ERIC Number: ED175997
Record Type: RIE
Publication Date: 1978-Jun
Reference Count: 0
Comparison of Reading Readiness of Vocational-Technical Student and the Success Attained in These Courses. Final Report.
Sherrell, Eugene G.
A Missouri study was conducted to investigate the reading abilities of the average vocational technical student to determine if this reading ability was commensurate with the material the student was assigned to read, and to compare the effectiveness of the reading ability to success in completing a vocational course of study. In order to secure the data from the area vocational schools of this study, the Nelson-Denny Reading Tests were given, textbooks used in the classes were measured for readability with the Dale-Chall and Fry formulas, the individual instructors were interviewed regarding methods of teaching poor readers, and final grades students made in the courses were obtained. Major conclusions include the following: (1) most students enrolled in vocational technical courses are unable to read to their level of grade attainment; (2) the textbooks students are assigned to read are written on a readability level of from one to seven grades above their reading ability; and (3) teachers are required by necessity to give most instruction on a one-to-one basis with numerous visual aids and demonstrations. Two of the recommendations made include the following: a reading class or reading type of assignment should be provided at every grade level of the school to improve students' reading skills, and publishers should provide more text material written on the reading level of the students that will be reading the books. (Author/JH)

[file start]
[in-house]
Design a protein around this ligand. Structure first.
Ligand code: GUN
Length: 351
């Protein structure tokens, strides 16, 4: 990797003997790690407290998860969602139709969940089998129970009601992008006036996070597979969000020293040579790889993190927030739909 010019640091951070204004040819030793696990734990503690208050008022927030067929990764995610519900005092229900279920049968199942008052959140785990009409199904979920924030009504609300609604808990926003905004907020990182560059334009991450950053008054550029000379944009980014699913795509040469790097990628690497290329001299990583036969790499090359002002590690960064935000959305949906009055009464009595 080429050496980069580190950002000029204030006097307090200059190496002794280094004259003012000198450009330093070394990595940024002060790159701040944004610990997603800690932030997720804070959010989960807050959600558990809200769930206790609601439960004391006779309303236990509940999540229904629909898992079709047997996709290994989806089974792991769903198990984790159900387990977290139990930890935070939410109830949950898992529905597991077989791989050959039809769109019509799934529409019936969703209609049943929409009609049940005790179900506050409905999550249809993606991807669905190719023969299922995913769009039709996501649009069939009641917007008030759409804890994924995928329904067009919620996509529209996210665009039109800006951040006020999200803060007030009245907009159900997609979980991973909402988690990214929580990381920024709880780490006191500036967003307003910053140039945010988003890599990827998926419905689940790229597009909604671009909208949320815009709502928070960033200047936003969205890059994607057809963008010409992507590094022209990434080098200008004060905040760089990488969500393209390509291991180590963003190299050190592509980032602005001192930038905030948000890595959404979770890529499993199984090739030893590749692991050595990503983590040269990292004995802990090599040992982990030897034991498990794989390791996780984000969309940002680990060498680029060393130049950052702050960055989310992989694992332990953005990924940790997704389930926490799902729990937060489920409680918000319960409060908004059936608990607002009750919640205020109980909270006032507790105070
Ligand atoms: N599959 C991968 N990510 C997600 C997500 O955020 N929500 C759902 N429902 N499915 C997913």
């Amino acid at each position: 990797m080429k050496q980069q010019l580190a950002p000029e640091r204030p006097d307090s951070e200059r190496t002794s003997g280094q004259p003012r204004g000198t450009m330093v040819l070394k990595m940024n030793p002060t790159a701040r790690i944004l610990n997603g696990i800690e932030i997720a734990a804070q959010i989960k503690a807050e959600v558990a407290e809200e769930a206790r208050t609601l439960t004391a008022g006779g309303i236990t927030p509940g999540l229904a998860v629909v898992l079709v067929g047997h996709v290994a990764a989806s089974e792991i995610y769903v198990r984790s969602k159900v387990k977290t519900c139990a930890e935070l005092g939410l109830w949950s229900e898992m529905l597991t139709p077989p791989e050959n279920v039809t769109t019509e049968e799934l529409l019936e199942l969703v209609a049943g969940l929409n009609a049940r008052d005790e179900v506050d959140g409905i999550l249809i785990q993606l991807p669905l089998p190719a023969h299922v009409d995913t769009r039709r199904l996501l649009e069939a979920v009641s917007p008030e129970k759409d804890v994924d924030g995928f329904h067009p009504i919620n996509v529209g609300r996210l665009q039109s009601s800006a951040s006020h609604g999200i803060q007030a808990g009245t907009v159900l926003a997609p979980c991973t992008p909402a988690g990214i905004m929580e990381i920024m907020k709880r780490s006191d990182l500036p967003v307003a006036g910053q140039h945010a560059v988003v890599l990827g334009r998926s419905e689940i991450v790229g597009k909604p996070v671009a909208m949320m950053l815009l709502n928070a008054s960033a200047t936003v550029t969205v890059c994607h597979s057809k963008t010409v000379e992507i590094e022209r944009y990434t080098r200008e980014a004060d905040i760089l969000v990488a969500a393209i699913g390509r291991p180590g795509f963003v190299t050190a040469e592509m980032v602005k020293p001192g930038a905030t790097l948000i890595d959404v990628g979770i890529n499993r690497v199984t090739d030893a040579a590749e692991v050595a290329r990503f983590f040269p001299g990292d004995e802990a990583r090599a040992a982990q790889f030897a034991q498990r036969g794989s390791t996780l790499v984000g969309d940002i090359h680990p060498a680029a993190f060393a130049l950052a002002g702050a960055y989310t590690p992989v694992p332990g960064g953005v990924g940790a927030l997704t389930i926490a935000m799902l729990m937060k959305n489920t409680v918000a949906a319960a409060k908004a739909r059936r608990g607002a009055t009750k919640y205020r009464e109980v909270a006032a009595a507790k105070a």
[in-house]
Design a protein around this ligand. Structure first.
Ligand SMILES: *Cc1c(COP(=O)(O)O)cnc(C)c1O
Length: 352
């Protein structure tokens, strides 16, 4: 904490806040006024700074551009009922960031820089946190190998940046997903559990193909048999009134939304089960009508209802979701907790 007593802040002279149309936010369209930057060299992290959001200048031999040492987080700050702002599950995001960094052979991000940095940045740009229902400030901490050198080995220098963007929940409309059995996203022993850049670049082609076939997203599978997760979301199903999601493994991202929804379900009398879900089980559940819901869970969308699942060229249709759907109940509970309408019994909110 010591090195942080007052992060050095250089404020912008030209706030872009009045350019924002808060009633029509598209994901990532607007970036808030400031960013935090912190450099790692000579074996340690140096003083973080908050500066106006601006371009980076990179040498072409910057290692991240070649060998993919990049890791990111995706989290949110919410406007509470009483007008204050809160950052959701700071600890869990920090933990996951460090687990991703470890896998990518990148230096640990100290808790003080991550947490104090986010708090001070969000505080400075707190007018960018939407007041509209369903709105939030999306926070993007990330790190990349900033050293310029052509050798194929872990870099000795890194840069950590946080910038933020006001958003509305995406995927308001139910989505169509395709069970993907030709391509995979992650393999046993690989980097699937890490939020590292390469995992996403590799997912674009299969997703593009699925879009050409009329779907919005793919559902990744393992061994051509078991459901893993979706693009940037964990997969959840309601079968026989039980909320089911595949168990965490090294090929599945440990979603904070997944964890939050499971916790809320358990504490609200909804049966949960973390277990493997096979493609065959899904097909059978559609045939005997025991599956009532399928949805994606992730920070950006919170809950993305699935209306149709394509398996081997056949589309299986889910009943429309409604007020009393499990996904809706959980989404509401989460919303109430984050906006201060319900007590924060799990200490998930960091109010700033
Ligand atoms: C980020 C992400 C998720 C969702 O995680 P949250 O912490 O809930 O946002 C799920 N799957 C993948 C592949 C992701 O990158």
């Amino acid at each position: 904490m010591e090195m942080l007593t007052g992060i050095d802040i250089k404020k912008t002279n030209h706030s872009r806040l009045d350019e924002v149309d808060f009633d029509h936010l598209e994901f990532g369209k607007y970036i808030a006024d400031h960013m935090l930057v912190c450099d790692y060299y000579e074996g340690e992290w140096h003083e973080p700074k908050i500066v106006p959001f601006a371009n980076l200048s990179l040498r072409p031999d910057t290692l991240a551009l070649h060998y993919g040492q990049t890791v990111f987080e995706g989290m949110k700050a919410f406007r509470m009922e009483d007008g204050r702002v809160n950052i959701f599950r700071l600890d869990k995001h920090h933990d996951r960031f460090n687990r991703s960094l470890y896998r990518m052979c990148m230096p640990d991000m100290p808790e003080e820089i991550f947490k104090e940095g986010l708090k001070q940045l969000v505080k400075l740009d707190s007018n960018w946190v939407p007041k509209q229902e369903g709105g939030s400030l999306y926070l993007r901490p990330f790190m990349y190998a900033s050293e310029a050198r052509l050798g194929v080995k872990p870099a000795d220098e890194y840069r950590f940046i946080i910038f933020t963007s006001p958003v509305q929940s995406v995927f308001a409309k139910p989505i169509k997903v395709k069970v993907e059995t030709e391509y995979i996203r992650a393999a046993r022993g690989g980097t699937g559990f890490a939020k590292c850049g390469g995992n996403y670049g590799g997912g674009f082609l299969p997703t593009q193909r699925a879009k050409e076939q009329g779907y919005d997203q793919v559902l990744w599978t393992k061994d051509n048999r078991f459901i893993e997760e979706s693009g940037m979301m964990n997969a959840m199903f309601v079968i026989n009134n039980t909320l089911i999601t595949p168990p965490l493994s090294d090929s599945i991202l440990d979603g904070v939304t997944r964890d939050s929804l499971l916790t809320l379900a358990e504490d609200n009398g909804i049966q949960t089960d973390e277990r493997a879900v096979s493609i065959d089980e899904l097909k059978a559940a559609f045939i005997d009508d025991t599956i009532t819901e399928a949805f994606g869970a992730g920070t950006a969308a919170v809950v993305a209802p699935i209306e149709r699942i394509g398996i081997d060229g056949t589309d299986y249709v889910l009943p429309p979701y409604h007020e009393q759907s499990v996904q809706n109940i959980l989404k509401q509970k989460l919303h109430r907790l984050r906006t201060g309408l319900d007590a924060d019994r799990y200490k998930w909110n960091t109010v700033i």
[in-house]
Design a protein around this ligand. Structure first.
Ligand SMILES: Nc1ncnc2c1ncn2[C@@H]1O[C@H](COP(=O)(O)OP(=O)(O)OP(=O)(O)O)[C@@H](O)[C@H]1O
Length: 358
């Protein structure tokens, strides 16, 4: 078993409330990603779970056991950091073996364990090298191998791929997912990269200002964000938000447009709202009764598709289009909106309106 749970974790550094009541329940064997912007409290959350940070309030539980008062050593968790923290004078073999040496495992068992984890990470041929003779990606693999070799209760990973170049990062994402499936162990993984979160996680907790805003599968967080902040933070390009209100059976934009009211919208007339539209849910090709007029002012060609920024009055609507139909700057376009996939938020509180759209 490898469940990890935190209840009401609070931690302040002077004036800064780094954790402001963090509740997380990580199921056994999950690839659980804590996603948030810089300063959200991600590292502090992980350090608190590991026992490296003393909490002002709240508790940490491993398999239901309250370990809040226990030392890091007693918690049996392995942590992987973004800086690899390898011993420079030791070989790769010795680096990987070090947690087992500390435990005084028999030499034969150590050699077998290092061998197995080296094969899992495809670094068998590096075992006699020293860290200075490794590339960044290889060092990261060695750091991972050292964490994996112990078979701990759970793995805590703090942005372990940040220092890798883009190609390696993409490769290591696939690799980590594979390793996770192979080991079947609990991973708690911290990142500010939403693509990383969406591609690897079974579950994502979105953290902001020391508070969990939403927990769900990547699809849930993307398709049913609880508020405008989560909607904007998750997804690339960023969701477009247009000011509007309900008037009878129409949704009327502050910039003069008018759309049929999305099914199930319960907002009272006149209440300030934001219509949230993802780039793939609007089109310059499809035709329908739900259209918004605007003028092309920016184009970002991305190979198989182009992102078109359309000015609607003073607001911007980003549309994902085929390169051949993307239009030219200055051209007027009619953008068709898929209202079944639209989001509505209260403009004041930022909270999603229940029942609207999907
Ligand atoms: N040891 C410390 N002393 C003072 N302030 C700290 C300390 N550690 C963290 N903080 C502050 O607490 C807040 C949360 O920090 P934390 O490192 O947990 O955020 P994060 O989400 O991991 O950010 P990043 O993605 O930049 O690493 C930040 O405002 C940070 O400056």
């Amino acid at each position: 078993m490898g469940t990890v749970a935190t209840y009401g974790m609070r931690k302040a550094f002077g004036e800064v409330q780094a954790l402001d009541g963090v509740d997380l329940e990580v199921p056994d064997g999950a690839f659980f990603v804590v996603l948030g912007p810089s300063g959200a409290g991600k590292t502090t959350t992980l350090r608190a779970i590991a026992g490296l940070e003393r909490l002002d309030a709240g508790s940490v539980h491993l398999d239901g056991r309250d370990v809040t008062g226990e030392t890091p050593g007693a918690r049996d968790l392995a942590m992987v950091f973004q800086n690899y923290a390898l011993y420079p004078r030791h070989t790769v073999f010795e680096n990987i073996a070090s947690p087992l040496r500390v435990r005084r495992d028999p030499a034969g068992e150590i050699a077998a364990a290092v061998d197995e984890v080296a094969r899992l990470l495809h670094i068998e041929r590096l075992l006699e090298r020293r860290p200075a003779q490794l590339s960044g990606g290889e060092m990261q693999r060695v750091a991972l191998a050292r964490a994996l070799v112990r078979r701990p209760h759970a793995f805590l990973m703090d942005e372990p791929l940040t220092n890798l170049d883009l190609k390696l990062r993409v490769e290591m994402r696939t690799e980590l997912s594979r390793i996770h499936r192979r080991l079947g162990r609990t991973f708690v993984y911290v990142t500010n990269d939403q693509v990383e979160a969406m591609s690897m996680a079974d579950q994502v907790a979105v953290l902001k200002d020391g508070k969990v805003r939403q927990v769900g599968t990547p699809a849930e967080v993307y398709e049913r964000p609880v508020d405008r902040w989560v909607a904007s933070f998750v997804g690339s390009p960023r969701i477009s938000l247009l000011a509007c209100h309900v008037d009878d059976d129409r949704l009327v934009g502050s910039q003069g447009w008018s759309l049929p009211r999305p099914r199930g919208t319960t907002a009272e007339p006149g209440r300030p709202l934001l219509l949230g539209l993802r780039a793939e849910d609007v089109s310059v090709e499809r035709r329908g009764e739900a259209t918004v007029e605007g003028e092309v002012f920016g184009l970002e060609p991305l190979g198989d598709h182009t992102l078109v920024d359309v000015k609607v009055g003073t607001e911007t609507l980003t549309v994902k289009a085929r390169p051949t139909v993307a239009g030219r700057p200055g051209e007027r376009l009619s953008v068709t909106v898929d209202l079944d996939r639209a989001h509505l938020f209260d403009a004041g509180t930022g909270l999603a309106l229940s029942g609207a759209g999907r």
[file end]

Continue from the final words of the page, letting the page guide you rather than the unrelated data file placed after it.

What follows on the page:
Publication Type: Reports - Research
Education Level: N/A
Sponsor: Missouri State Dept. of Elementary and Secondary Education, Jefferson City.
Authoring Institution: Southwest Missouri State Univ., Springfield.
Identifiers: Dale Chall Readability Formula; Fry Readability Formula; Missouri; Nelson Denny Reading Test
Note: Report prepared through the Department of Industrial Education